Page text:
Peter wrote a post a while ago about choosing a good InnoDB log file size. Not to pick on Peter, but the post actually kind of talks about a lot of things and then doesn’t tell you how to choose a good log file size! So I thought I’d clarify it a little.
The basic point is that your log file needs to be big enough to let InnoDB optimize its I/O, but not so big that recovery takes a long time. That much Peter covered really well. But how do you choose that size? I’ll show you a rule of thumb that works pretty well.
In most cases, when people give you a formula for choosing a configuration setting, you should look at it with skepticism. But in this case you can calculate a reasonable value, believe it or not. Run these queries at your server’s peak usage time:
mysql> pager grep sequence
PAGER set to 'grep sequence'
mysql> show engine innodb statusG select sleep(60); show engine innodb statusG
Log sequence number 84 3836410803
1 row in set (0.06 sec)
1 row in set (1 min 0.00 sec)
Log sequence number 84 3838334638
1 row in set (0.05 sec)
Notice the log sequence number. That’s the total number of bytes written to the transaction log. So, now you can see how many MB have been written to the log in one minute. (The technique I showed here works on all versions of MySQL. In 5.0 and newer, you can just watch Innodb_os_log_written from SHOW GLOBAL STATUS, too.)
mysql> select (3838334638 - 3836410803) / 1024 / 1024 as MB_per_min;
| MB_per_min |
| 1.83471203 |
As a rough rule of thumb, you can make the log big enough that it can hold at most an hour or so of logs. That’s generally plenty of data for InnoDB to work with; an hour’s worth is more than enough so that it can reorder the writes to use sequential I/O during the flushing and checkpointing process. At this rate, this server could use about 110 MB of logs, total. Round it up to 128 for good measure. Since there are two log files by default, divide that in half, and now you can set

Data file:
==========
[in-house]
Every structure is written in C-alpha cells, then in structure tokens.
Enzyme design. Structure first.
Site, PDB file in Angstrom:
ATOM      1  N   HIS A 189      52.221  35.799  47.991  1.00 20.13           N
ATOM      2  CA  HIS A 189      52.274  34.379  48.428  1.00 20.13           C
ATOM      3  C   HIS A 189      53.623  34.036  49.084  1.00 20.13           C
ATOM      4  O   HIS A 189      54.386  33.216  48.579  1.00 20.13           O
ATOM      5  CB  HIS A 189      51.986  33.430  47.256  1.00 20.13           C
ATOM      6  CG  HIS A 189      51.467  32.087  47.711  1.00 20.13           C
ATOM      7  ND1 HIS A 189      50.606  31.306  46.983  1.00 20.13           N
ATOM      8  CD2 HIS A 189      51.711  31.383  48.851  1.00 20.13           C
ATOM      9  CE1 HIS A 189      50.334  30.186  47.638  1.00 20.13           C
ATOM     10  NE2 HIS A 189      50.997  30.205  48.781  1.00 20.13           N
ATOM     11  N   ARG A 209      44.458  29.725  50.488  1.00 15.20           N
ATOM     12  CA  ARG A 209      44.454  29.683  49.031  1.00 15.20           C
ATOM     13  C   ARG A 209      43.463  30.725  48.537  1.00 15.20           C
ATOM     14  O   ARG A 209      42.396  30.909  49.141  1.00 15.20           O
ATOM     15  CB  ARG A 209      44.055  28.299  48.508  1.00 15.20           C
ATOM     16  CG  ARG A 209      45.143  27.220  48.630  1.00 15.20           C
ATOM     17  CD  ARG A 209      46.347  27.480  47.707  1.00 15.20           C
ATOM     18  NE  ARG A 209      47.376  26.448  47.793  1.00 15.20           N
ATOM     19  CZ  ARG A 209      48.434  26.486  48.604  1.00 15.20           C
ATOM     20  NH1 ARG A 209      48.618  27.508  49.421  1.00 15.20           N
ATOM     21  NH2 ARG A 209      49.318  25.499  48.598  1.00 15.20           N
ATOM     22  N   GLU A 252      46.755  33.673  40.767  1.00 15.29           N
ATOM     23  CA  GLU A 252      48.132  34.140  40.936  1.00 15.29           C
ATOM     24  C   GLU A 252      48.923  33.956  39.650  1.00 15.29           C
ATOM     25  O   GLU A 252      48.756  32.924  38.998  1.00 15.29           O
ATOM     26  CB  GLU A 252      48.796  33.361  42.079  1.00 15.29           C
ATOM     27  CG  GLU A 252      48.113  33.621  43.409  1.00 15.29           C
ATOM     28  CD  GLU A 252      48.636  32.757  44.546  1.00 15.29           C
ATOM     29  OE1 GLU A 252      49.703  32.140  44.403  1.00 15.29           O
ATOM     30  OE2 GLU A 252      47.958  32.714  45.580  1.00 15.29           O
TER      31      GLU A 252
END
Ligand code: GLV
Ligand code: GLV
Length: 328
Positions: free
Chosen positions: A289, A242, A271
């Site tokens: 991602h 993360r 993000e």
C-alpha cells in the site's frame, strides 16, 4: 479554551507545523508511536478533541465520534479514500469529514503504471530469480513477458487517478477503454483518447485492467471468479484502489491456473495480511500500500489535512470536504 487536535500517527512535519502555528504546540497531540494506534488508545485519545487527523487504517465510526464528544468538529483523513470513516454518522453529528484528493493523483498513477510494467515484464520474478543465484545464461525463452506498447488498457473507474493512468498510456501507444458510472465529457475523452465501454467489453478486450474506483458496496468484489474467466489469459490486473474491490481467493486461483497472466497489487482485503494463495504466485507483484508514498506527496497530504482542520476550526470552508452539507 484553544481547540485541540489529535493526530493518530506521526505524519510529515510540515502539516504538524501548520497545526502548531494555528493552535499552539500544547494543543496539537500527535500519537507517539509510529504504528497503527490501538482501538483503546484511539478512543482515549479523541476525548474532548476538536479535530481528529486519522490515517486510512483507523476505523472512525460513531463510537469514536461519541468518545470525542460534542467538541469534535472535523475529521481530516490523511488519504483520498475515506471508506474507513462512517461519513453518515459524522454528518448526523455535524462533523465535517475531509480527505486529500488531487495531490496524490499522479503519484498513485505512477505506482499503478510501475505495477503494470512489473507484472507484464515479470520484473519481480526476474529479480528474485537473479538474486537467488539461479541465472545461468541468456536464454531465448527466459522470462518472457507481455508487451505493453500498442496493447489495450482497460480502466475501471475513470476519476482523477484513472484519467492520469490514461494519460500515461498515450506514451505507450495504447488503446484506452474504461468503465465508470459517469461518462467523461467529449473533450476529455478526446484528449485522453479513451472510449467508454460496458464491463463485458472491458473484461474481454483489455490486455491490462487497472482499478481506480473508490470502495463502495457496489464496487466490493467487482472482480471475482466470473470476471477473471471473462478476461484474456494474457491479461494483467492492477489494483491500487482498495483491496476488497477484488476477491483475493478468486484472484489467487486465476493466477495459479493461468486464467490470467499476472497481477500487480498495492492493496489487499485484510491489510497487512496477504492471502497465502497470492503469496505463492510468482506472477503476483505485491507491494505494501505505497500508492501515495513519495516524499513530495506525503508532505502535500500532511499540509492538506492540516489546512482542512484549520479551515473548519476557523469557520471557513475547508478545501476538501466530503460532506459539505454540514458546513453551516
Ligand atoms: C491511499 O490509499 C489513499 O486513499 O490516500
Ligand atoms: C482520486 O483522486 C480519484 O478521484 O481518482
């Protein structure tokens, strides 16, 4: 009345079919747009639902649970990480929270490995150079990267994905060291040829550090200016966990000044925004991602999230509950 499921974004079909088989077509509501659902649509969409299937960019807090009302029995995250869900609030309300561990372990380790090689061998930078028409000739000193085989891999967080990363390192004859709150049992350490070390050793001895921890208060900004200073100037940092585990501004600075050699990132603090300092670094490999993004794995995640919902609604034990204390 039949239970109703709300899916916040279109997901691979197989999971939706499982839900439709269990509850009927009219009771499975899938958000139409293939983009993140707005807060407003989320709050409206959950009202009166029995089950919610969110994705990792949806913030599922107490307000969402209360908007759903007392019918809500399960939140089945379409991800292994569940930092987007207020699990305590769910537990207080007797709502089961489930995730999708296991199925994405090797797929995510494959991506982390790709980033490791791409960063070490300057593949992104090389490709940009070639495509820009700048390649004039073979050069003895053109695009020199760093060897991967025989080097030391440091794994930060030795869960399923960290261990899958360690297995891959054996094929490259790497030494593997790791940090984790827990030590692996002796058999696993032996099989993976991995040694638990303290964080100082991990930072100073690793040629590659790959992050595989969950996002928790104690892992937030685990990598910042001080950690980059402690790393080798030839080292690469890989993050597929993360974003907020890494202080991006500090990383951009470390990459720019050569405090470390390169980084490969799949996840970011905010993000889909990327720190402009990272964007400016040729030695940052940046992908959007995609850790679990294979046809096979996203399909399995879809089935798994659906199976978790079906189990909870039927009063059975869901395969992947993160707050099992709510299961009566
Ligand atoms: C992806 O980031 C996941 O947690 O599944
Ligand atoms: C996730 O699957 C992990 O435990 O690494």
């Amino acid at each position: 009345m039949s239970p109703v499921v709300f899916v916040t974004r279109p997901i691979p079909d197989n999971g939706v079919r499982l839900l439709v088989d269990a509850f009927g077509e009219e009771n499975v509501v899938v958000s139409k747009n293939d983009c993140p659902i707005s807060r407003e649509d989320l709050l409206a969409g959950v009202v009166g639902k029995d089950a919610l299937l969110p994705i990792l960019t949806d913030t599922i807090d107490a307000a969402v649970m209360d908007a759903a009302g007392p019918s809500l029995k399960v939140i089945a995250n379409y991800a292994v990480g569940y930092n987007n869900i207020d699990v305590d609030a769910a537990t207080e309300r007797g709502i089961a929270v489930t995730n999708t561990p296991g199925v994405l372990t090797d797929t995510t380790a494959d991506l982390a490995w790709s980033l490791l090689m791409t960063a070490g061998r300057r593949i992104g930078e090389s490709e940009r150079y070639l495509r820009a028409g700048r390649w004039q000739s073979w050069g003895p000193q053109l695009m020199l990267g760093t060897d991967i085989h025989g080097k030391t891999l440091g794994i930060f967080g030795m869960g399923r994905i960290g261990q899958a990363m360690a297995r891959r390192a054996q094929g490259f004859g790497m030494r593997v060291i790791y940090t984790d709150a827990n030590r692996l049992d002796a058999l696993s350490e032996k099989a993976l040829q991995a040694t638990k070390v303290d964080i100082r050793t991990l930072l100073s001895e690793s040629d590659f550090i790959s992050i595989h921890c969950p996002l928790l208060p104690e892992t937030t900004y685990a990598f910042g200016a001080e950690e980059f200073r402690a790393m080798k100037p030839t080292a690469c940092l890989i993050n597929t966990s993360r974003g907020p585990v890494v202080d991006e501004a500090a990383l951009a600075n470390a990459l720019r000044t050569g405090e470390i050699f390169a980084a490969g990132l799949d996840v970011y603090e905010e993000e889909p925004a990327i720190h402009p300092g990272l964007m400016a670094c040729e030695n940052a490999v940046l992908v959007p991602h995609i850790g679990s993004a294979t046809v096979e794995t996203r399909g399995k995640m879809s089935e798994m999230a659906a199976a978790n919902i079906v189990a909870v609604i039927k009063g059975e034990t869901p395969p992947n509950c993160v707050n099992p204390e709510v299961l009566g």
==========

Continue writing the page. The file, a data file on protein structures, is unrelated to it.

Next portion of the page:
Does that look surprisingly small? It might. I commonly see log file sizes in the gigabyte ranges. But that’s generally a mistake. The server I used for the measurements above is a big one doing a lot of work, not a toy. Log file sizes can’t be left at the default 5MB for any real workload, but they often don’t need to be as big as you might think, either.
If this rule-of-thumb calculation ends up showing you that your log file size ought to be many gigabytes, well, you have a more active write workload. Perhaps you’re inserting a lot of big rows or something. In this case you might want to make the log smaller so you don’t end up with GB of logs. But also realize this: the recovery time depends not only on the total log file size, but the number of entries in it. If you’re writing huge entries to the log, fewer log entries will fit into a given log file size, which will generally make recovery faster than you might expect with a big log.
However, most of the time when I run this calculation, I end up finding that the log file size needs to be a lot smaller than it’s configured to be. In part that’s because InnoDB’s log entries are very compact. The other reason is that the common advice to size the logs as a fraction of the buffer pool size is just wrong.
One final note: huge buffer pools or really unusual workloads may require bigger (or smaller!) log sizes. This is where formulas break down and judgment and experience are needed. But this “rule of thumb” is generally a good sane place to start.
- How to Choose the MySQL innodb_log_file_size
- InnoDB performance optimization basics (redux)
- Here’s my favorite secret MySQL 5.6 feature. What’s yours?
- What is a big innodb_log_file_size?
- How to change innodb_log_file_size safely
- Measuring the amount of writes in InnoDB redo logs